If you were to ask me what I would wear on a nice Sunday morning stroll, I would insist on a plain navy blue polo shirt and a pair of white chino pants. I occasionally get compliments for the choice of outfit. But in choosing what to wear, I would pick the one that I would genuinely enjoy wearing, above all other things.
I think I started to develop my taste for clothes a few years ago, when I stumbled upon this community on Reddit called r/malefashionadvice. Instead of a hormonal, testosterone-filled den I assumed it would be, the community is, from experience, one of the least vitriolic circles on the site, whose members place genuine love in menswear as a lifestyle and a hobby. I can’t count the number of hours that I’ve lost reading up on the different types of fabrics and ties, columns by menswear writers like Hugo Jacomet and G. Bruce Boyer, or random discussions on the economics of the fashion industry. In some ways, it is a hobbyist group of sorts.
Despite the iconic styles of characters such as James Bond or Don Draper, it is, I think, a common opinion that plenty of men are still sloppy dressers, without a care in the world about what actually looks good. Memories of dads or uncles wearing baggy jeans and ill-fitting striped polo shirts with basketball shoes don’t help. Though I admit that I had a similar phase—if you were to ask me six years ago what would be a nice thing to wear, I would have settled for baggy jeans and ill-fitting polo shirts.
But as I explored the world of menswear, I’ve also come across things that have troubled me and the community. There are still many men out there who are convinced that the main, if not sole, purpose of dressing up is for the projection of masculinity. Online content with absurd clickbait titles abound like What women would like you to wear or X style mistakes that men always do.
The obvious patriarchal overtones that it projects is the first bothersome thing. Is it new? Not really. The same line of thought has been reproduced a thousand times in a thousand men’s magazines. Is it appropriate? I don’t think so. In this day and age, we should be working toward eradicating misogynist thought rather than allowing it to fester.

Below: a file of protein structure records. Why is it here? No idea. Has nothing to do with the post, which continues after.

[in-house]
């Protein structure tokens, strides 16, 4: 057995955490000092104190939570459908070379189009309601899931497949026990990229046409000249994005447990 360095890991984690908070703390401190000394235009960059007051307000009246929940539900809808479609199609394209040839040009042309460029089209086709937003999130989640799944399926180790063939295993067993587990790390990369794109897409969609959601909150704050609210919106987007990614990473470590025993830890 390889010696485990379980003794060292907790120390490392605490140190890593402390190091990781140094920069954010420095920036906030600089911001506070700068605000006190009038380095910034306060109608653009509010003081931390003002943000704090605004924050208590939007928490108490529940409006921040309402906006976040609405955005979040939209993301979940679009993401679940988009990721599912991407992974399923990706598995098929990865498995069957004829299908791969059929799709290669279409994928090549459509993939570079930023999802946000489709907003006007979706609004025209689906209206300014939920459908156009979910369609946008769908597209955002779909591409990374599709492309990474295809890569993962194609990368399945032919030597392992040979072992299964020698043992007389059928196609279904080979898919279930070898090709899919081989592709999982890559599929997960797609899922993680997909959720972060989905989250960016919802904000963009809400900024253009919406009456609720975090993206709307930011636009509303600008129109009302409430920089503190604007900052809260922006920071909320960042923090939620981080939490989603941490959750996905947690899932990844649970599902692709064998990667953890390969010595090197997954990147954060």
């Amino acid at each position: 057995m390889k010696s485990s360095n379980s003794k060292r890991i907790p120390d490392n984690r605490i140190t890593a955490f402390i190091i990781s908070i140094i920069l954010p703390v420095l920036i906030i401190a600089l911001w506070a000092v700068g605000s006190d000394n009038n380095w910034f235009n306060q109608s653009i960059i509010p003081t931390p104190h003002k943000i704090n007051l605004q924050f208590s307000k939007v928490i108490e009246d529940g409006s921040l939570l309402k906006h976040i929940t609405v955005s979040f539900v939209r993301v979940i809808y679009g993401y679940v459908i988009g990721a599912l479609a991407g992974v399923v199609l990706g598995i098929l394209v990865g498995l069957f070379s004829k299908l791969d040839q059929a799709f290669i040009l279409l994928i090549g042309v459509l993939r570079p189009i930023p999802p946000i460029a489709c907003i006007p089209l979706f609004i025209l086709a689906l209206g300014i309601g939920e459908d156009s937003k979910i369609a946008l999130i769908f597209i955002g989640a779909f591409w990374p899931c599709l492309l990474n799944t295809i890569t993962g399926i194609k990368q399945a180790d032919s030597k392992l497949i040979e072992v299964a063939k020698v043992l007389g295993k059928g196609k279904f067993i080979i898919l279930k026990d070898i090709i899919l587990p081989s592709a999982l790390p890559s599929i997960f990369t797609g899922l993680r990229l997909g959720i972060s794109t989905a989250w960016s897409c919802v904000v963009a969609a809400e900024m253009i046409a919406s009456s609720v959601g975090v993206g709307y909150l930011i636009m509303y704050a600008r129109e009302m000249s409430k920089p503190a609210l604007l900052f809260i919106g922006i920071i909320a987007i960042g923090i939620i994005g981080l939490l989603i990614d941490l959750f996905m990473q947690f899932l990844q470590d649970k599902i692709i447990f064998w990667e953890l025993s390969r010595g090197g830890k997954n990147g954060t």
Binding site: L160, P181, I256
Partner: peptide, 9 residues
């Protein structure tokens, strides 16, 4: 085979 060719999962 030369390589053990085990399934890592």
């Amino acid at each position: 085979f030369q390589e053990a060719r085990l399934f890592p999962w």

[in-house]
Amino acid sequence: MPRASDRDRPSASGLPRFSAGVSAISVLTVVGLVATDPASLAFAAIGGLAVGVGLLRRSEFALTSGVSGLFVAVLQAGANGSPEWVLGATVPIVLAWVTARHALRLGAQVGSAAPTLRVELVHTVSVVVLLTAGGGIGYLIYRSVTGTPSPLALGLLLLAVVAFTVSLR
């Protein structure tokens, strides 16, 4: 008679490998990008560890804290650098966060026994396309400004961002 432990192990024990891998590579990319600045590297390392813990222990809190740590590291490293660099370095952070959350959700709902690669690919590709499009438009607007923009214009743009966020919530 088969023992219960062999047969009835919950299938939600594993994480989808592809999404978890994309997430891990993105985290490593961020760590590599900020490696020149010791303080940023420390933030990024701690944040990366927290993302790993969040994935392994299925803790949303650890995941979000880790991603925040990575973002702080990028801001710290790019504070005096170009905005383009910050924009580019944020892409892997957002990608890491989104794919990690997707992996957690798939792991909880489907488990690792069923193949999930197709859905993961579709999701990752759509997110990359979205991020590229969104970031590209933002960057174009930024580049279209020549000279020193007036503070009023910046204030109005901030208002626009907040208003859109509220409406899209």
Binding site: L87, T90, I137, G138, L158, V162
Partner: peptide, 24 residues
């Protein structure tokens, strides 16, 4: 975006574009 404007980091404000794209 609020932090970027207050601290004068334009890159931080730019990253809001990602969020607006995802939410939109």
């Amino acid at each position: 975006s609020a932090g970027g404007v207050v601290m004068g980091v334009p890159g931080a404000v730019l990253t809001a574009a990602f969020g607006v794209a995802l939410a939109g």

There is also this persistent overanalysis of what to wear, what not to wear, or what brands to pick through hundreds of tutorial videos that are posted and reposted everywhere online. Instead of helping people become more confident with what they wear, the agenda of pushing products and brand recall prevails.
Boyer, who served as fashion editor for GQ and Esquire, notes how men dress up “as though it were a blood sport, a competition rather than a celebration. They wear their clothes as though they were weapons, and thus almost never look comfortable in what they’ve got on.”
But all of these just confirms the old adages: outward appearance can never be used as a measure of one’s character. In the grand scheme of things, physical appearance is only ever secondary. There is no shortage of examples showing appalling personalities hidden behind a well-tailored suit and vice versa: many of the sloppy dressers that I know are some of the most genuine characters that I’m lucky to have met.
It doesn’t take much time or effort to choose clothes, but it takes years of rigorous trial and error to build up character. Every time we get the chance to stare at the mirror, we should look beyond the fabric and into ourselves. After all, clothes alone don’t make the man.